Father Knows Best
There's a downside to being a person with a "helpful" personality. If you have been blessed with the gift of being able to see where things hurt, a desire to want to make things better for people, a hunger to improve conditions, a longing to leave the world better than you found it, you (like me) run the risk of thinking that you know how to fix things. When a friend loses a job, you know where to tell her to look and which role will be "right" for her (I'm notorious for this...just ask my daughter!). When someone close to you suffers a disappointment, you sift through the damage to find the root of blessing that's in there somewhere. Neither in itself is a bad thing. The problem comes when we forget that there may be countless other options, and we lose sight of the fact that God may be at work in the situation in a way we can't even imagine.
What I've found in my own life is that the "helpfulness" that comes out in the form of making suggestions, offering reassurance, giving encouragement, or suggesting interpretations, is an attempt to make the other person feel better and perhaps offer a solution they haven't thought of yet. The catch-22 is that in so many of the most difficult situations in our lives, the real point of change happens only when we dig in and begin working through things with God. While we struggle within ourselves, or listen to the counsel and suggestions of others, we may still unknowingly be trying to put a temporary bandaid on something God wants to heal and wipe completely away. When we reach out to help others, we mean well; we simply want their pain to go away. But God may have something deeper, something eternally healing in mind. Would I step in and reassure another if I knew all my "help" did was delay the moment she turns to God?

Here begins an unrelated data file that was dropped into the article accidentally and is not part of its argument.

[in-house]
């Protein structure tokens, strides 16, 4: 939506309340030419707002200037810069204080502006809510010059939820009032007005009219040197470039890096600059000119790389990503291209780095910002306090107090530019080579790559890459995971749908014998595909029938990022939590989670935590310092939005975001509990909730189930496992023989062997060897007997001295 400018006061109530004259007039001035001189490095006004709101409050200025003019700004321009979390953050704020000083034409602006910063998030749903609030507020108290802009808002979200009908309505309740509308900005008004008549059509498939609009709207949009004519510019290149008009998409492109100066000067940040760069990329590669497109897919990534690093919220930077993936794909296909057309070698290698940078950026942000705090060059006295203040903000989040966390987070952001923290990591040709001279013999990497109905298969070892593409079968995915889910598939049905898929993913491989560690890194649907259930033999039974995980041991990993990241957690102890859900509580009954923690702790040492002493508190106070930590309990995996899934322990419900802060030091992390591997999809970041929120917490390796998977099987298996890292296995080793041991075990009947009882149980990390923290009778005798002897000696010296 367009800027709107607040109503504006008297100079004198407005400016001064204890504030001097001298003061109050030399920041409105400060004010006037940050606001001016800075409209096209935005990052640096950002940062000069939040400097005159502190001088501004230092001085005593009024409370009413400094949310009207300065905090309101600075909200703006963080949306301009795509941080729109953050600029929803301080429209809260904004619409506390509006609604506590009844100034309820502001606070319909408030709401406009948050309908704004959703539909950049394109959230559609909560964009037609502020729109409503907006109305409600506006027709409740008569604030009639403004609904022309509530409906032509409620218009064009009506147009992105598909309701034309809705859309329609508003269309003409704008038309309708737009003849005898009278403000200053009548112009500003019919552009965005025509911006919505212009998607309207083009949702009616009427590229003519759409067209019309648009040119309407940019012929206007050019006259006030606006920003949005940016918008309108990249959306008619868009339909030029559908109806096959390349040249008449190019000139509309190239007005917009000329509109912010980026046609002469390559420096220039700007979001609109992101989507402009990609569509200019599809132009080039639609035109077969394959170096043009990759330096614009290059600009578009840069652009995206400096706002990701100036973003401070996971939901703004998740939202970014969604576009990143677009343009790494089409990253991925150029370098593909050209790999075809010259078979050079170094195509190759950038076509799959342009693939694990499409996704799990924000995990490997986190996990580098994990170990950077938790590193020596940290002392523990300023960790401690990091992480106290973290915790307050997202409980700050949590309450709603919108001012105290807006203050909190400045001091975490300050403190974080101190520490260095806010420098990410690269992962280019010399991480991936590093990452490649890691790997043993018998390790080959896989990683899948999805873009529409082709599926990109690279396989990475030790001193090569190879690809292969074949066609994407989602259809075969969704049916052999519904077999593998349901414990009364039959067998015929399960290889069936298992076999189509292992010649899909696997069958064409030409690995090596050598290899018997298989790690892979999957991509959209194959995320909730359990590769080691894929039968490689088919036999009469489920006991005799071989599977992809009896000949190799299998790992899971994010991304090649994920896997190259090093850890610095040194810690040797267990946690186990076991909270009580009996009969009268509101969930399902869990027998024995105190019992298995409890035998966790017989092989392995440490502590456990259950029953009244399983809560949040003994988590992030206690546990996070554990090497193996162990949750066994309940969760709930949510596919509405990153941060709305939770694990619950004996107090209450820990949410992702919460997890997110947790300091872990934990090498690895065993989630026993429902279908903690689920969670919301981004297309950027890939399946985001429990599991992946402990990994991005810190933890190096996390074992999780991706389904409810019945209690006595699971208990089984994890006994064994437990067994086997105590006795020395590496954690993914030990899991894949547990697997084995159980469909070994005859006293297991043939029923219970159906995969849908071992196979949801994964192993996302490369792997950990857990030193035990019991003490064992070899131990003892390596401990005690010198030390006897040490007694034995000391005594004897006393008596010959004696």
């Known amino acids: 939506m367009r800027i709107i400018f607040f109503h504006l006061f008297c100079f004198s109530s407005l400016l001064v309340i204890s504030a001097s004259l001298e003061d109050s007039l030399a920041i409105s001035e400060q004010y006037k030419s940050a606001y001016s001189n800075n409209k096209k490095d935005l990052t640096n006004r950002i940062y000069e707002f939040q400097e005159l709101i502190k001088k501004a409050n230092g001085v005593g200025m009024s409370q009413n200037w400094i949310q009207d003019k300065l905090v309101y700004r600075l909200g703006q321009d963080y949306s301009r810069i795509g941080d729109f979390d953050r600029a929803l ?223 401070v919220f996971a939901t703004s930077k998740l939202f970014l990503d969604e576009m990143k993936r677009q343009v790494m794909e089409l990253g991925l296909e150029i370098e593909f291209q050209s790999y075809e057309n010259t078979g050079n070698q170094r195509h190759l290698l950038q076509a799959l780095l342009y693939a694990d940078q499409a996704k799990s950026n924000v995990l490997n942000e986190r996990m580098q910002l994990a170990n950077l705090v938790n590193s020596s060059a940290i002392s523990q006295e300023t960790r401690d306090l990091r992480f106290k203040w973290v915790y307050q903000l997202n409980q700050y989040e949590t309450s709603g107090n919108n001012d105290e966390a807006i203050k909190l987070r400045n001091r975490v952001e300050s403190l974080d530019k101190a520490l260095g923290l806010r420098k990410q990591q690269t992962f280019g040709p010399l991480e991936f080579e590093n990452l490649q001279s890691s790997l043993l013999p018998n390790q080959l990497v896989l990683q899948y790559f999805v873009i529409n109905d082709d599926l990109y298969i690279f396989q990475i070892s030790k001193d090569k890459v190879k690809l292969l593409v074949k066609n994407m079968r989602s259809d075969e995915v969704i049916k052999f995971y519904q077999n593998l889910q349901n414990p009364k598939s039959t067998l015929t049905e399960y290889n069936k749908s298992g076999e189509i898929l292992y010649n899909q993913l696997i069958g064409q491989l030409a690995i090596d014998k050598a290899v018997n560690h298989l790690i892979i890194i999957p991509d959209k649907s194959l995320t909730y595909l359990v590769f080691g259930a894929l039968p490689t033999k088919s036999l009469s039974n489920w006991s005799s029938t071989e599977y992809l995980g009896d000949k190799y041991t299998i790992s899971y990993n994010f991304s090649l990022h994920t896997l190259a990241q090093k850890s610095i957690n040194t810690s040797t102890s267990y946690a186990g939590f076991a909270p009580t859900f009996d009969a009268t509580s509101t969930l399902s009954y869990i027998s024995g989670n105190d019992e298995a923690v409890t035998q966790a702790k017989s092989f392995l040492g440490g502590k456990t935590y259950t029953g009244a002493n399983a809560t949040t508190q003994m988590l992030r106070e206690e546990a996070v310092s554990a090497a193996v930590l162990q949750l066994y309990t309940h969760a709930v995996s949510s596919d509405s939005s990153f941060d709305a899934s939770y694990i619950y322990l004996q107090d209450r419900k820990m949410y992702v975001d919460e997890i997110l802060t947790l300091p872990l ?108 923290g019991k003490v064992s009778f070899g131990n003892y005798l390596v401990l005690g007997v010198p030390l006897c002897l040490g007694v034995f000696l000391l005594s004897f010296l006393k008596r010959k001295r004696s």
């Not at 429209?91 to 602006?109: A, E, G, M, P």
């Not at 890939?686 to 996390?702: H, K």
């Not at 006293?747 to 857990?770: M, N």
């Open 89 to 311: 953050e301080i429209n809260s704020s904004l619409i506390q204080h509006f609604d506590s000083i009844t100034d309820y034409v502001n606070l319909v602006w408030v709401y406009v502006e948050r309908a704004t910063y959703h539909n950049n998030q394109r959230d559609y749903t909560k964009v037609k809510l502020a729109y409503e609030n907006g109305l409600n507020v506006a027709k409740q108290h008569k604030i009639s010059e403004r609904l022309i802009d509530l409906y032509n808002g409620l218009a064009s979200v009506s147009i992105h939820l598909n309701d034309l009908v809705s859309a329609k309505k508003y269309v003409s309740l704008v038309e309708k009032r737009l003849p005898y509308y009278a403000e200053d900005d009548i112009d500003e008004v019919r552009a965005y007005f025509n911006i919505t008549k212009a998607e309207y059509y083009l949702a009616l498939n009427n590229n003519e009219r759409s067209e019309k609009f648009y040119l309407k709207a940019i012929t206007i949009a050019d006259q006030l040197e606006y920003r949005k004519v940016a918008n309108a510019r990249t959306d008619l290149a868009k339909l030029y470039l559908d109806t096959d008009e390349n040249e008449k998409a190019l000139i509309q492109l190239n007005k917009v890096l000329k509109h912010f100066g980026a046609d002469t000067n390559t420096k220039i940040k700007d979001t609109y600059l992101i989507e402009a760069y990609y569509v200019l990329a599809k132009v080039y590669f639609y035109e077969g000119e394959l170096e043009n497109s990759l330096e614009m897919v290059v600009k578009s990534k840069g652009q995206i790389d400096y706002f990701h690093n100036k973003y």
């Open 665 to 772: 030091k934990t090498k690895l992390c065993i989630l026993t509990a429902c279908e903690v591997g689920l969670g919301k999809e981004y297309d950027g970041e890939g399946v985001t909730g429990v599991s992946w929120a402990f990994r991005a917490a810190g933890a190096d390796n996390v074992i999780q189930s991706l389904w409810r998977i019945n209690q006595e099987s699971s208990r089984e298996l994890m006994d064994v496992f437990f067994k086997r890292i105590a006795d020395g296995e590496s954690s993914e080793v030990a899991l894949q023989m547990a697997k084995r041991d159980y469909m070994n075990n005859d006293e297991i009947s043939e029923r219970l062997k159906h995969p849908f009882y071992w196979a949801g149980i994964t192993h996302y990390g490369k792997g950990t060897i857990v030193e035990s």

Our companionship with each other is vitally important as we walk through this life. Our joining is God's purpose; our love and compassion for each other is the greatest visible manifestation of God at work in our world. I do think God gives us insights and ideas we are meant to use to help those around us. But perhaps I need to be more discerning about the "help" I offer. If I listen very closely to God, I hope I'll learn when my "counsel" is an idea from Him and when it is my own intense desire to help. And as I continue to learn, I suspect I'll discover that in many cases, the best way for me to help others is not to try to change them or solve their problems, but to love and understand them and demonstrate what I'm learning in my own life--that I need to look to God for the real answers, the lasting gift, the eternal Love.